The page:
No amount of technology will save an organisation without a competent workforce
Until recently, digital transformation was undertaken mainly by 'leading-edge enterprises' or specialised ‘innovation departments’.
But, according to Constellation Research, digital transformation is now recognised as critical to the success of the enterprise, with majority of firms already on an organisation-wide programme led by the C-suite.
The analyst firm recently interviewed 105 business leaders including CEOs, line of business managers, and heads of ICT, on their digital strategies, and the challenges they face.
They found 70 per cent of respondents had a digital transformation strategy in place either company-wide or in major departments.
Moreover, nearly a third - 29 per cent - of respondents say the strategy is led by the CEO, while only 8 per cent of respondents say it is led by the chief digital officer (CDO).
This data shows more firms recognise the strategic importance of digital transformation, that the organisation’s top executive is personally overseeing digital strategy, according to The Constellation Digital Transformation Survey.
The report authors, Chris Kanaracus, Courtney Sato and R ‘Ray’ Wang, meanwhile, note majority of respondents named business growth or customer engagement as the primary goal of their digital transformation strategy. The third top goal is modernising IT systems or cutting cost.
The survey finds the frontrunners build on the groundwork they have in place by experimenting with emerging technologies such as artificial intelligence (AI), blockchain and the Internet of Things (IoT).
For instance, nearly half of respondents say their organisation either had an established IoT strategy with applications in production or pilot projects in place.
They are also cautious about AI, with just a quarter of the executives saying they were investing in the technology.
Blockchain has a lower uptake. Less than 20 per cent of respondents have invested in blockchain or synchronous ledger technologies (SLT).
Investments in cloud and big data, however, are growing in support of digital transformation.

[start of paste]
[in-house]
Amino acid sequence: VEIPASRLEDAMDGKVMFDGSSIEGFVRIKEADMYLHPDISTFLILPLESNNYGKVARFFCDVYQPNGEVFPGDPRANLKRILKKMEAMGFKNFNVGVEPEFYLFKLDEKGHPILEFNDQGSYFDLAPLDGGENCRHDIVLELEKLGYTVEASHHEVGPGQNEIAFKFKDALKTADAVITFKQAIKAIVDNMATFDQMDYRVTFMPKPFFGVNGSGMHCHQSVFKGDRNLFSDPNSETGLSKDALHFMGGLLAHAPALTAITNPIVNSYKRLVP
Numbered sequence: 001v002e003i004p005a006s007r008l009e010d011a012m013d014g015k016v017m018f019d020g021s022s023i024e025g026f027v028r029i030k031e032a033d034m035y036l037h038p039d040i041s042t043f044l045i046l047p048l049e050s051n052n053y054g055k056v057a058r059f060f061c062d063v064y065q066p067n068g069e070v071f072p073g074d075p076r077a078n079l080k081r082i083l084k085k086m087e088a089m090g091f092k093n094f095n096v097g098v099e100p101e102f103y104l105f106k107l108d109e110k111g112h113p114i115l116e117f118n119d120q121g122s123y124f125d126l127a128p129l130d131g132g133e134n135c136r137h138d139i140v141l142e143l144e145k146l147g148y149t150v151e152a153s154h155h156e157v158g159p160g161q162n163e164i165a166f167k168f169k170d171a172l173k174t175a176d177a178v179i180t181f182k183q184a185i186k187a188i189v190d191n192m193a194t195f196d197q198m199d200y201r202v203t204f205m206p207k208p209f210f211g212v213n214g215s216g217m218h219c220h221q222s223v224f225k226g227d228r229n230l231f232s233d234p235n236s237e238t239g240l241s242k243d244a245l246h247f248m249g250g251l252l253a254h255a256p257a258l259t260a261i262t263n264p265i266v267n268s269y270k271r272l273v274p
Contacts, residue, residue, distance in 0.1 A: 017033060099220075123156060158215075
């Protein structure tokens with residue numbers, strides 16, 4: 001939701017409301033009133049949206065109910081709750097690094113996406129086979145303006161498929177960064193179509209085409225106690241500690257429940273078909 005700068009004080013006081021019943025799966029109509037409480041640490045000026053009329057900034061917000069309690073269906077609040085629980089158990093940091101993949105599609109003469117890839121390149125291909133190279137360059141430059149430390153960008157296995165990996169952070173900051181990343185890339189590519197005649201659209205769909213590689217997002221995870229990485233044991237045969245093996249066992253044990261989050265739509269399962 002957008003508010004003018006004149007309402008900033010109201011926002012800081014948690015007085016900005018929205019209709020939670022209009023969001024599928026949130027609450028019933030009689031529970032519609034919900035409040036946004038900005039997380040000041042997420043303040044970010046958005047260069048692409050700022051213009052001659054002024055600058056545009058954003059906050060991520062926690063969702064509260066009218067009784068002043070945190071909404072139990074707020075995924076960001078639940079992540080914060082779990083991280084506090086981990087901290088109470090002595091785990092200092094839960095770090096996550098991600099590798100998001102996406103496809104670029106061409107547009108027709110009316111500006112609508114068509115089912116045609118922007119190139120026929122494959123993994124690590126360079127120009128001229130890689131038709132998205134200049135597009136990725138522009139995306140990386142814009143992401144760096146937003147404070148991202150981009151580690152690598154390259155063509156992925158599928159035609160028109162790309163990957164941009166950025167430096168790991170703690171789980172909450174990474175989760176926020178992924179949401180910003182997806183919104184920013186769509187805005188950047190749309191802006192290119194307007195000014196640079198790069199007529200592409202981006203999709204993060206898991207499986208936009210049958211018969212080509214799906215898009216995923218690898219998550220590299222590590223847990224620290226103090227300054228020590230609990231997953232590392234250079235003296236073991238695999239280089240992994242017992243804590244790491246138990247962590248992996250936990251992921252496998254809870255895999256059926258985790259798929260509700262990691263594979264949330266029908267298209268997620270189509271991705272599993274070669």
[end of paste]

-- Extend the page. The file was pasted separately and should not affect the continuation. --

The survey finds 75 per cent of respondents will increase investment in big data; with 77 per cent saying they will increase investment in cloud technologies.
Different perspectives on DX
The respondents identify C-level executives with technical roles leading 45 per cent of all digital transformation strategies, with CIOs leading 19 per cent, CTOs 17 per cent and CDOs 8 per cent.
But digital transformation means differently to each executive in the C-suite, according to the survey.
For the CEO, digital transformation generally means moving the organisation to a digital business model as the industry changes.
CIOs plan for enterprise agility and craft IT capabilities to support new business models.
CTOs explore new technological roadmaps and consider how to apply consumer technologies to meet enterprise requirements.
Both roles would provide significant value. https://t.co/1EveemiyHS— Allan Lightbourne (@AWLNZ) November 2, 2017
In certain cases, the best partners will be your competitors
Where to, for the chief digital officer?
Constellation Research says the lesser prominence of the CDO in the survey may be due to some organisations not having someone in the role, or having a CDO who reports to another C-suite executive.
Constellation Research expects more organisations will appoint CDOs to be responsible for the implementation and key performance indicators of the digital strategy.
As digital initiatives continue to integrate into the business, the CDO will eventually report to the CEO on implementation of new business models; or to the CIO on issues around improvement of technology.
“The CDO role will gain prominence in the near term but then gradually disappear as laggards complete their digital transformations,” the report states.
“By then, the C-suite will be filled by executives who are well versed in digital business.”
Whoever leads digital transformation, Constellation Research says there are key questions they need to answer:
These include: 'Why does your brand, enterprise or organisation exist? What experiences and outcomes should the organisation expect to deliver?'
The report says an issue they need to tackle is to build a digital workforce, as well as prepare to work in a business ecosystem that includes their competitors.
"Everyone from the C-suite down should possess the skills and knowledge necessary to contribute to a digital business," the report states.
"Invest in your workforce and prioritise the cultivation of talent from within the ranks of the organisation to ward off threats from talent poachers. Understand that no amount of technology will save an organisation without a competent workforce."
Constellation Research shares ways the organisation can move from gut-driven to data-driven decisions.
Start with a data strategy that seeks to ascertain answers to the business’ most important questions. These questions should be based on what the organisation needs to know, not based on the data it already has.
"As the data strategy matures, the organisation should begin to utilise the insights generated by every element of the business, thinking specifically about how to collect data from different sources and how to package data sets creatively.
"Finally, the organisation should decide how to monetise the data and how to create new business models that use it."
The report concludes the importance of healthy partner ecosystems in order to succeed in the digital era.
"They will help your organisation orchestrate content (products, services, experience and outcomes) in conjunction with technology platforms," it states.
"The goal is to align with partners who can co-innovate and co-create these capabilities. In certain cases, the best partners will be your competitors."
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